Prof. James P. Allison and Prof. Dr. Reinhard Genzel, recipients of the prestigious Harvey Prizes for 2014..
(photo credit: Courtesy)
An American molecular immunologist oncologist and a German-American physicist are the winners of the prestigious Harvey Prizes for 2014, Haifa’s Technion-Israel Institute of Technology announced on Wednesday.
The Harvey Prize recognizes breakthroughs in science and technology by people who have contributed to the progress of humanity or to peace in the Middle East. Named after industrialist and inventor Leo Harvey, it offers two awards annually, each $75,000. The winners, who will receive their award on campus on February 17, have a one-in-five statistical chance of winning a Nobel Prize, based on past winners.
One of this year’s winners is Prof. James P. Allison, an immunologist at the MD Anderson Cancer Center in Texas, where he has been chairman of the immunology department since 2012. The center is considered the leading institution of its kind in the US. Also the director of the Cancer Research Institute Scientific Advisory Council, he has a longstanding interest in mechanisms of T-cell development and activation, as well as the development of novel strategies for tumor immunotherapy.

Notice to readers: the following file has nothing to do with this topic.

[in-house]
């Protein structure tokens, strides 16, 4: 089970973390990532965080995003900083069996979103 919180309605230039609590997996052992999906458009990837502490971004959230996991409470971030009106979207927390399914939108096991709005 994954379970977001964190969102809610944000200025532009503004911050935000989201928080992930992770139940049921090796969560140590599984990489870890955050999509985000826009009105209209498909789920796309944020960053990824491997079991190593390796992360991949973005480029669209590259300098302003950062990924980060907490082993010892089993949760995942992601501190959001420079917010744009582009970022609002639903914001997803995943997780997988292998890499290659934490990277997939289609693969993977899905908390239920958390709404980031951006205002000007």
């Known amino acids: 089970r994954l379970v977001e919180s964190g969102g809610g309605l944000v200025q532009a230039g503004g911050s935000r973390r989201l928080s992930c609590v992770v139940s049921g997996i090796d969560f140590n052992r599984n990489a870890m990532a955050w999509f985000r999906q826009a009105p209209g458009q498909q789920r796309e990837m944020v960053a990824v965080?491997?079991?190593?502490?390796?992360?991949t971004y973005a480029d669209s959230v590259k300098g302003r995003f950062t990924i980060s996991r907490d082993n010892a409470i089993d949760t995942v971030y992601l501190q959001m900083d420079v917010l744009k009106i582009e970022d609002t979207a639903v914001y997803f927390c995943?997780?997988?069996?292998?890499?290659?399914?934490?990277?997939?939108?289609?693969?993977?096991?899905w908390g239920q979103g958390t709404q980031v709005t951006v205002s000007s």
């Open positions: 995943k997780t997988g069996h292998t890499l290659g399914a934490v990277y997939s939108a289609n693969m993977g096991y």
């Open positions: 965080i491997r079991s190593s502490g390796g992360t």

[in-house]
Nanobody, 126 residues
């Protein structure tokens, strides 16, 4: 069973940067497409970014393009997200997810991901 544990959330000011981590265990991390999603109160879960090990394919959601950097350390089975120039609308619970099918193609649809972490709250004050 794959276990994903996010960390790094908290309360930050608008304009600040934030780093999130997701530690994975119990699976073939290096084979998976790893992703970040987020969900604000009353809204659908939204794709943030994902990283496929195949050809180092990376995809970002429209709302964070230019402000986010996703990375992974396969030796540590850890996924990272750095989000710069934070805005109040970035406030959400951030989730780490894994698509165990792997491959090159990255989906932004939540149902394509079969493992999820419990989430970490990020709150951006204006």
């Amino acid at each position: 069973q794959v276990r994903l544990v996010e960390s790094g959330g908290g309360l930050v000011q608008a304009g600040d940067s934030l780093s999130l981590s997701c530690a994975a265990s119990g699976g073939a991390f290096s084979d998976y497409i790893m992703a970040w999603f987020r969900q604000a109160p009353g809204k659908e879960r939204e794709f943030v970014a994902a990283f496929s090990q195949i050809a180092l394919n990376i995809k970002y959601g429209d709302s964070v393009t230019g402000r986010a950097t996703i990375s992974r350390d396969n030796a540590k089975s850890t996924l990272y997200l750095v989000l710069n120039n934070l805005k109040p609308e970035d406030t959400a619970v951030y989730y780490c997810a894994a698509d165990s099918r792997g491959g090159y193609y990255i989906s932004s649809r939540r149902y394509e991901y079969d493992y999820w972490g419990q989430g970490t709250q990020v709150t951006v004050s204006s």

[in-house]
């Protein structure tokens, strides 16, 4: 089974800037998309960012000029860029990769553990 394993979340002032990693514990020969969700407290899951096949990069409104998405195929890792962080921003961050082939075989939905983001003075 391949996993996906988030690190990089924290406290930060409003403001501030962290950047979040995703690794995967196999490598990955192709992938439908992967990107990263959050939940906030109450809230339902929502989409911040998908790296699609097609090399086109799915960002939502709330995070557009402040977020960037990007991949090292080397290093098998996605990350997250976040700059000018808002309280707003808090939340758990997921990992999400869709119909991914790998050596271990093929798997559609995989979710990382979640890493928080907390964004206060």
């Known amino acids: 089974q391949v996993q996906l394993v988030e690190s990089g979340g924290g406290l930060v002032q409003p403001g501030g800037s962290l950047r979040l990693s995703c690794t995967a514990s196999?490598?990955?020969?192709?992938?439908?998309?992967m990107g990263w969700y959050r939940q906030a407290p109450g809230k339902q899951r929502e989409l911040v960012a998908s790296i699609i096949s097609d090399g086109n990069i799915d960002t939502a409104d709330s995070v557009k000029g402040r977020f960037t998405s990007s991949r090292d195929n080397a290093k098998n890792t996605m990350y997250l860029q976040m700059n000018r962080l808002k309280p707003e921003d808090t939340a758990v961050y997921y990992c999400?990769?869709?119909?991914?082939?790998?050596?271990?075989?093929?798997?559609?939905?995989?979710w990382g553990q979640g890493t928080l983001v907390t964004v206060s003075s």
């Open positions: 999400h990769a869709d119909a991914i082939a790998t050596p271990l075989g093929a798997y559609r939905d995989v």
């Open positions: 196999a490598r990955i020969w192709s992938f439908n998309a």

He is recognized as the first person to isolate the T-cell antigen receptor complex protein.
His research in the 1990s at the University of California at Berkeley led to the clinical development of ipilimumab, a biological anti-cancer drug that the US Food and Drug Administration approved three years ago for the treatment of metastatic melanoma. Previously Allison was director of the Ludwig Center for Cancer Immunotherapy and the chairman of the immunology program at the Memorial Sloan-Kettering Cancer Center.
The second laureate is Prof.
Dr. Reinhard Genzel of UC Berkeley, who also heads the Max Planck Institute for Extraterrestrial Physics in Germany.
He and his colleagues in the US and Germany discovered that in the center of the galaxy is an object smaller than the Solar System but with a mass three to four million times the sun’s – that is, a huge black hole.
He received his doctorate in physics and astronomy in 1978 at the University of Bonn with a thesis in radio astronomy prepared at the Max Planck Institute for Radio Astronomy in Bonn. Between 1978 and 1980, he was a postdoctoral fellow at the Center for Astrophysics in Cambridge, Massachusetts, focusing on radio very-long-baseline interferometry (VLBI) and mid-infrared studies of galactic-star forming regions; then he went on to UC Berkeley to work on far-infrared spectroscopy. He has spent years studying the galactic center, active galactic nuclei and star formation in galaxies at high-redshift with state of the art infrared instruments developed at the institute.